I like to clamp some flat bar to the plate so I can push the circular saw against the straight edge. A 2×4 or straight piece of wood can work too.

It keeps the blade dead straight so that the cut comes out really clean. It’s also less likely that the blade will bind or buck.

Wax lubricates the blade for longer, oil spraying is more convenient.

I’m not talking about candle wax. Get a proper metal cutting wax and keep it on your shelf.

The nice thing about WD-40 is that you can use it for literally everything, so you should already have a stash.

Use a good quality circular saw.

Unless you’re looking for a reason to upgrade what you have. If that’s the case, I understand.

The reason for this is that there will be a lot more vibration when you’re cutting aluminum compared to wood. It puts more wear and tear on your saw.

If it’s not tight and strong, your saw might not hold up too long. Basically, don’t expect to get long-term use out of a $20 skill saw when you’re cutting aluminum.

Mind you, if you’re only doing a couple of quick cuts then you should be hunky dory.

Tape anything that you don’t want to scratch.

The chips are going to get everywhere, and sliding them along a nice brushed aluminum surface is going to make it look very ugly.

If you want to keep the surface nice, pretty and scratch-free, use masking tape to keep the surface protected.

If you’re cutting diamond plate, do it pattern side down.

Keep your saw shoe on the flat surface, not the bumpy diamond pattern. It’ll just be easier.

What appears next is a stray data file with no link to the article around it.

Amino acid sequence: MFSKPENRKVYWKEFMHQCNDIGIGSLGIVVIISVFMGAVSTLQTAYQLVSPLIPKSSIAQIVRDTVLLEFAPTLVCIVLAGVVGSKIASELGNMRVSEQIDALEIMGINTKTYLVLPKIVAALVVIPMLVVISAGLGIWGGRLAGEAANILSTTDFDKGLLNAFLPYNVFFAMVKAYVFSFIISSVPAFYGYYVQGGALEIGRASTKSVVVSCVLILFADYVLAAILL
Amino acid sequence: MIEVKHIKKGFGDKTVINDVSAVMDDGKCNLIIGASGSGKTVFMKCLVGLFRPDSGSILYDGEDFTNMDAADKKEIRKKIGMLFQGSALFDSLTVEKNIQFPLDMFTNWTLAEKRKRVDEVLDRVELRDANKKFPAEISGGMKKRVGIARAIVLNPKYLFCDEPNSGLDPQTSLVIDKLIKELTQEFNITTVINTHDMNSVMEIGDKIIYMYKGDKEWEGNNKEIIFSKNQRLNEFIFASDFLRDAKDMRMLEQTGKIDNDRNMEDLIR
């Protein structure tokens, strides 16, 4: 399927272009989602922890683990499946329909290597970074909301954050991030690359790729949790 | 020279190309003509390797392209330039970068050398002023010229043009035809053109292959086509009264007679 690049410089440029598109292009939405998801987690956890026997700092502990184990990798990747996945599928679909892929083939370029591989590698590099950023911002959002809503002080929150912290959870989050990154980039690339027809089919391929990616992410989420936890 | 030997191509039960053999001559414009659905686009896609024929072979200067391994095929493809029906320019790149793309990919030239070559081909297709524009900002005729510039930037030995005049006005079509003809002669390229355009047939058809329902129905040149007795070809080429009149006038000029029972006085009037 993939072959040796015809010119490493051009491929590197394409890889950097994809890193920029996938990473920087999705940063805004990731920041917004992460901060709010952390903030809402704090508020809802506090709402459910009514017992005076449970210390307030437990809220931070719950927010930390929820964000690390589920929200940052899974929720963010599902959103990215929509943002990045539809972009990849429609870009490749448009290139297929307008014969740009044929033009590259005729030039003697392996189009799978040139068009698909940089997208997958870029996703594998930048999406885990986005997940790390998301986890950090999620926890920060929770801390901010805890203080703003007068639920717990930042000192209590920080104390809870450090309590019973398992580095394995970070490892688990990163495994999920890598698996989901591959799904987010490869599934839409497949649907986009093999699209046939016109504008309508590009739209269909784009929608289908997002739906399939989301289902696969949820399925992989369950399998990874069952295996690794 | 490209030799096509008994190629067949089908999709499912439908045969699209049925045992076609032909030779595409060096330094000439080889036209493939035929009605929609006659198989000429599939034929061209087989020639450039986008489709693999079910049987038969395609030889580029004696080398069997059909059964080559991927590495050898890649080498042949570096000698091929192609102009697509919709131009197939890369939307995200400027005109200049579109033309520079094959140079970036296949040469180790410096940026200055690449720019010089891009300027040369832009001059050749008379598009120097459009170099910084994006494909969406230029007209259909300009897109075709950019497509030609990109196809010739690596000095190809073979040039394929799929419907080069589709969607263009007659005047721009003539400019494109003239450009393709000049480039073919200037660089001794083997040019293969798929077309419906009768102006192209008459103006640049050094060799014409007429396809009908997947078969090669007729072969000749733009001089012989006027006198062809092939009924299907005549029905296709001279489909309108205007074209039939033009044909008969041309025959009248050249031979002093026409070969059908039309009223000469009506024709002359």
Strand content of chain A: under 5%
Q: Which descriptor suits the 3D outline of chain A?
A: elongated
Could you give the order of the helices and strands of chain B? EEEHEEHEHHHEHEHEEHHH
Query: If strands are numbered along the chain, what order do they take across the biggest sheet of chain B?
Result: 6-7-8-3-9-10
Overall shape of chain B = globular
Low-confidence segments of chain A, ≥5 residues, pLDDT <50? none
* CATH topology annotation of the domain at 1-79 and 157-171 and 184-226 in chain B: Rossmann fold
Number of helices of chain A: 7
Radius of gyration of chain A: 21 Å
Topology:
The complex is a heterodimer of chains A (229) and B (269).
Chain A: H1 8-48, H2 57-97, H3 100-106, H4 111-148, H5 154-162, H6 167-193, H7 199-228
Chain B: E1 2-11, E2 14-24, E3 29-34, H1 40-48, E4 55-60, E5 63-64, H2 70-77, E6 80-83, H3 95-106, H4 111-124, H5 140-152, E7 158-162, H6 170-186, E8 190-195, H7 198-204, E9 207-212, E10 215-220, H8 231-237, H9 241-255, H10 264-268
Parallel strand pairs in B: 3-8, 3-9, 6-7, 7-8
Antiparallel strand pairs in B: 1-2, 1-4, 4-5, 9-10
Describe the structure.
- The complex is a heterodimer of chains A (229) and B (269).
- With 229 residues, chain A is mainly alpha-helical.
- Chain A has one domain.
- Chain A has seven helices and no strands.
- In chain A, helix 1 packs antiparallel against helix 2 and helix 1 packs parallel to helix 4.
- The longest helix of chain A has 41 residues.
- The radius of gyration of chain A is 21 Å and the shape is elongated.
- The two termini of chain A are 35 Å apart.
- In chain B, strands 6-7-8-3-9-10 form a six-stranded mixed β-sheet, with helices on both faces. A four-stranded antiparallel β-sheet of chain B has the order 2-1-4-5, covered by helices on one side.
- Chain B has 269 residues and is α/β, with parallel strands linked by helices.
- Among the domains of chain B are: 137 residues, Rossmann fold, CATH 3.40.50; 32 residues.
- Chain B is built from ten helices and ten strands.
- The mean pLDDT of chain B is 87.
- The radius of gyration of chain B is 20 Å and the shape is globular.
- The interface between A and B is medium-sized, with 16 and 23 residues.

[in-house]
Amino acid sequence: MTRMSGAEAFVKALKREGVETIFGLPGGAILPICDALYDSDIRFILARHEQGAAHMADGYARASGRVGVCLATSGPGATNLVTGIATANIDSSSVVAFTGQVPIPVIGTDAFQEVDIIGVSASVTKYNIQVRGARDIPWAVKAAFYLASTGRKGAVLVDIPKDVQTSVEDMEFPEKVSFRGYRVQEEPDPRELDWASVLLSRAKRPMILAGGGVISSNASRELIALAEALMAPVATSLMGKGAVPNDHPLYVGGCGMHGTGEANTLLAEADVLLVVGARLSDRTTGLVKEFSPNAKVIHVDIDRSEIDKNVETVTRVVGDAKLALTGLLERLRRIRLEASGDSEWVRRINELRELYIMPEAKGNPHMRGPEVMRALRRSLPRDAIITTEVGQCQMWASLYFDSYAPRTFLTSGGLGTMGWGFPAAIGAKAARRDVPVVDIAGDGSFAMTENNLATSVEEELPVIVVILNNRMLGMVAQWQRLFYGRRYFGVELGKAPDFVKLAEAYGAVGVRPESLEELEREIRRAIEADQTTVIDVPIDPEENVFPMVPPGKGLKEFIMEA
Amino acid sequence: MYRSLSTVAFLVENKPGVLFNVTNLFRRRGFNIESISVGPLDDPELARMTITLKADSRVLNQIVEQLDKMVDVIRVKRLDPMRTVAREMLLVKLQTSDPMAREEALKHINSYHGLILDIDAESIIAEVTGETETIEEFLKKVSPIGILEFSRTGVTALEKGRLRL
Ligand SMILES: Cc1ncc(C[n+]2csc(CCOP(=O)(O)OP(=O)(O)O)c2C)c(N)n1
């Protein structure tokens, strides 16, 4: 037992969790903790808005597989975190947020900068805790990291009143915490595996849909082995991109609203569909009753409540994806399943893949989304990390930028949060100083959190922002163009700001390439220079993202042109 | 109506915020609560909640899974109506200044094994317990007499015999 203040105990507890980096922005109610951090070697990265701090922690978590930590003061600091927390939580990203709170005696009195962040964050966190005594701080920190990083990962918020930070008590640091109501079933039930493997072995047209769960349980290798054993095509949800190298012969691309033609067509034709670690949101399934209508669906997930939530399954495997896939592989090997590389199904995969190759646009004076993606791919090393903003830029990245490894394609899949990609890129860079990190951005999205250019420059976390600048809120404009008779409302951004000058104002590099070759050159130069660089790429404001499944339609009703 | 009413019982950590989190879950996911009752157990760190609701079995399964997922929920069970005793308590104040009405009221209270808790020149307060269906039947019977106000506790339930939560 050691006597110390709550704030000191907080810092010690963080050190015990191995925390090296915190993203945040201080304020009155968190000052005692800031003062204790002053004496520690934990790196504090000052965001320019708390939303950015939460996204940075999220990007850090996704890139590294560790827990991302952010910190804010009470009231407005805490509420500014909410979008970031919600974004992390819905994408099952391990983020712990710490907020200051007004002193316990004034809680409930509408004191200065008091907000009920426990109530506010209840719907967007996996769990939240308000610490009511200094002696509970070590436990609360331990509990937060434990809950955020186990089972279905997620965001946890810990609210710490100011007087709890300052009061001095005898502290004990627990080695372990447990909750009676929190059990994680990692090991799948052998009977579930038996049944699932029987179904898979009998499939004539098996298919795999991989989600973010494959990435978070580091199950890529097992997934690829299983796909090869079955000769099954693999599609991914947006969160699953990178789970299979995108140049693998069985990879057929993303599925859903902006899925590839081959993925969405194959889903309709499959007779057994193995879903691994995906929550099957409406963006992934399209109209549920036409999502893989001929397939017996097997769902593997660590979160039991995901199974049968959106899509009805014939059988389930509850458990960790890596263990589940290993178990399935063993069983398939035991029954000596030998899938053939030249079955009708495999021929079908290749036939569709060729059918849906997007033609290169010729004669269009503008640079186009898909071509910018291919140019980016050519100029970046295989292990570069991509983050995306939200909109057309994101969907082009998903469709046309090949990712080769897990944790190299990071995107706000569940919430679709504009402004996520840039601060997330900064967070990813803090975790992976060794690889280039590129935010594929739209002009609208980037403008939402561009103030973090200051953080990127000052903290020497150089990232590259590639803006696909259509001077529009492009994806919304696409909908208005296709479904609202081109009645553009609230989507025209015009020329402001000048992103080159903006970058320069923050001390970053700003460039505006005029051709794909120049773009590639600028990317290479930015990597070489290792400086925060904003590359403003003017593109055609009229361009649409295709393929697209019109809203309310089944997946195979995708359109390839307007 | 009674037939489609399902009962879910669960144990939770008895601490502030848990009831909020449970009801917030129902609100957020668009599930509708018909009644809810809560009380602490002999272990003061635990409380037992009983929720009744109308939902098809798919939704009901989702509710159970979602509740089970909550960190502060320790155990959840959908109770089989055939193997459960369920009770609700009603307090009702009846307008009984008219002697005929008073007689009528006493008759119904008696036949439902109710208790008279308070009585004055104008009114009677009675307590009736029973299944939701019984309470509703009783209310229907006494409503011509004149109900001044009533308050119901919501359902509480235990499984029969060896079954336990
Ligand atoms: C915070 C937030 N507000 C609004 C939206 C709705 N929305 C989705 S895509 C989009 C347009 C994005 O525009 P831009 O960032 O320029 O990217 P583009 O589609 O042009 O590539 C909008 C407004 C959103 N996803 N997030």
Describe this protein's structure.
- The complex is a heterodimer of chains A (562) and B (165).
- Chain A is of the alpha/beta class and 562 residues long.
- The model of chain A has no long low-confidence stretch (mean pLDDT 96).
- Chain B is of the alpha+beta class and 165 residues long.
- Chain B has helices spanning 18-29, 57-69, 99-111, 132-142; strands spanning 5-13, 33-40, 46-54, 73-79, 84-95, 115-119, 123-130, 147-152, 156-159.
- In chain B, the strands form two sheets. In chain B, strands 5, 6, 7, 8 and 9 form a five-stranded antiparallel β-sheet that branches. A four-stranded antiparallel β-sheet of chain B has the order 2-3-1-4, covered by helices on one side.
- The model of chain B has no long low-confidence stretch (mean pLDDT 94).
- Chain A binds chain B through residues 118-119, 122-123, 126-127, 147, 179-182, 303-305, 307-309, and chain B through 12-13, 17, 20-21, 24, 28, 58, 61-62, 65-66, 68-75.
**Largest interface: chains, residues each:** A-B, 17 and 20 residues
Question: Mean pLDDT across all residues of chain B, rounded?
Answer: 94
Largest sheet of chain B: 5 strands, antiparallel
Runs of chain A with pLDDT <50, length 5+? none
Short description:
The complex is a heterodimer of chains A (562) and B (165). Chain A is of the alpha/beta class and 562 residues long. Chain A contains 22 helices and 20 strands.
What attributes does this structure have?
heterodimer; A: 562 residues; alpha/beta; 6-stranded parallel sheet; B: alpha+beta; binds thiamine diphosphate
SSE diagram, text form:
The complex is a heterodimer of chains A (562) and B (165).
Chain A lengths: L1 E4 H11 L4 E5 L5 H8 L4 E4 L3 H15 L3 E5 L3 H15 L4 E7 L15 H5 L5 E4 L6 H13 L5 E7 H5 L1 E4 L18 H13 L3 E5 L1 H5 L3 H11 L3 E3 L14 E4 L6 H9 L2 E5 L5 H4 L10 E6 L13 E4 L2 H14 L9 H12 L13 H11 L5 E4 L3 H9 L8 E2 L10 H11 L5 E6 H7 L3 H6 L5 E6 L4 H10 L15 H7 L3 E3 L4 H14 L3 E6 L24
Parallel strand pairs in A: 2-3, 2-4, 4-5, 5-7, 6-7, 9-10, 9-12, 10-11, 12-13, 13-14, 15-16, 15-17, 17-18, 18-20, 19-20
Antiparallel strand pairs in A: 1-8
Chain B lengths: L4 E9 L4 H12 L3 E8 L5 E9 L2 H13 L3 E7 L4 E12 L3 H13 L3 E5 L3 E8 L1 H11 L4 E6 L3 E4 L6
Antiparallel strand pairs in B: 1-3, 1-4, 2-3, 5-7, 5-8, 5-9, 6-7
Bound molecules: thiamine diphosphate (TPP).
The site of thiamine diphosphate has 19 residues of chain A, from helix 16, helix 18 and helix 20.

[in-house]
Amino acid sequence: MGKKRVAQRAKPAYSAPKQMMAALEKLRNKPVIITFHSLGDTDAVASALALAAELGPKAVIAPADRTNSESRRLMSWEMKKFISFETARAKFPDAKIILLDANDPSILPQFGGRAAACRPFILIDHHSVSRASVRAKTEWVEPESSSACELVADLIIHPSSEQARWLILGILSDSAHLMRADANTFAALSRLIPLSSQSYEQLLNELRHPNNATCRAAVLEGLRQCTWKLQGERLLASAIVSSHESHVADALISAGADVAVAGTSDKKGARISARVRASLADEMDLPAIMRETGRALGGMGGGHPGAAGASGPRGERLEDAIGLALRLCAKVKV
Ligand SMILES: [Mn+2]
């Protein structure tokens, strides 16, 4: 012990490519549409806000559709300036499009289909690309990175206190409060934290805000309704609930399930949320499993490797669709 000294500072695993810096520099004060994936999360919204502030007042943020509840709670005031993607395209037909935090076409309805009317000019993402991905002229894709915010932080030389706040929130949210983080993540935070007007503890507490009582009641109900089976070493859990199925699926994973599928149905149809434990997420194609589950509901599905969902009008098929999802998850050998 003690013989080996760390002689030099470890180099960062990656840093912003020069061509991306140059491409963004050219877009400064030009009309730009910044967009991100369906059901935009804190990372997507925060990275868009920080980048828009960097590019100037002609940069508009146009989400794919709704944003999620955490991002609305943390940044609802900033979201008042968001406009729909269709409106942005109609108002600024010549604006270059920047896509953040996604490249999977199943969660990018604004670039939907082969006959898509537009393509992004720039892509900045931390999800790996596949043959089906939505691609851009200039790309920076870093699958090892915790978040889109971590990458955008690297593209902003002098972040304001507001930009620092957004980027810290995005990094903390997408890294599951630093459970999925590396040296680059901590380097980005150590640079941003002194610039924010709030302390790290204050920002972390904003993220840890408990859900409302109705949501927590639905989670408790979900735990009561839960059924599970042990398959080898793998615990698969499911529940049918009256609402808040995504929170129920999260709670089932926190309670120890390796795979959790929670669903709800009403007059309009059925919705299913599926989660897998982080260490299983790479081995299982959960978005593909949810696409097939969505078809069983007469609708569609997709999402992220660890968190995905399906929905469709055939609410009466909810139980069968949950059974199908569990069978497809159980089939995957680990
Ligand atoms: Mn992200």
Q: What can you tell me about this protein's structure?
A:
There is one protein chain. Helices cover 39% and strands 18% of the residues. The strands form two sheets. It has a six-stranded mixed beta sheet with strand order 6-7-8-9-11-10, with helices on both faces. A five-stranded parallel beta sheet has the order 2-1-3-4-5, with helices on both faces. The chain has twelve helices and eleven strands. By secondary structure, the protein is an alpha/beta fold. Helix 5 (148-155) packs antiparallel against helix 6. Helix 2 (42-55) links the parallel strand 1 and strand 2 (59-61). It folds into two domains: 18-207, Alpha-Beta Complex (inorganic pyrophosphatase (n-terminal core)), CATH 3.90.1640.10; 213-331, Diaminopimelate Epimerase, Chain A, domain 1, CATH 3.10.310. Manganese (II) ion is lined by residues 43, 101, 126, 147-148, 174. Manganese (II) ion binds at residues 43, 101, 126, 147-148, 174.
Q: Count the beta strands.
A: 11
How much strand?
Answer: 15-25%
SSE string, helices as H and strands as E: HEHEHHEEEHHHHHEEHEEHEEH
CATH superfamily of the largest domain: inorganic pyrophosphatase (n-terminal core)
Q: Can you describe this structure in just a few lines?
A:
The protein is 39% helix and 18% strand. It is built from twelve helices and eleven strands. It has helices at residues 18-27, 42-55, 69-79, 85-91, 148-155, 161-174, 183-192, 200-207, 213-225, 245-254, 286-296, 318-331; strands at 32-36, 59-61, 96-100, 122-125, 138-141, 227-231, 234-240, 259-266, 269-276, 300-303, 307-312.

Clamp it!

I know I said this before, but it’s worth mentioning twice. Clamp the aluminum to a work bench so it doesn’t bounce around. There will be a lot of vibration compared to wood so it’s worth taking a few extra minutes to set up for a good cut.

All right, there you have it. These are my go-to ways of cutting aluminum plates. I’ve used all of these methods dozens if not thousands of times, so they really do work.

Do you have a question? Or another way of doing it? Post it in the comments below and get the conversation going!

Jonathan Maes

I've been working in manufacturing and repair for the past 14 years. My specialty is machining. I've managed a machine shop with multiaxis CNC machines for aerospace and medical prototyping and contract manufacturing. I also have done a lot of welding/fabrication, along with special processes. Now I run a consulting company to help others solve manufacturing problems.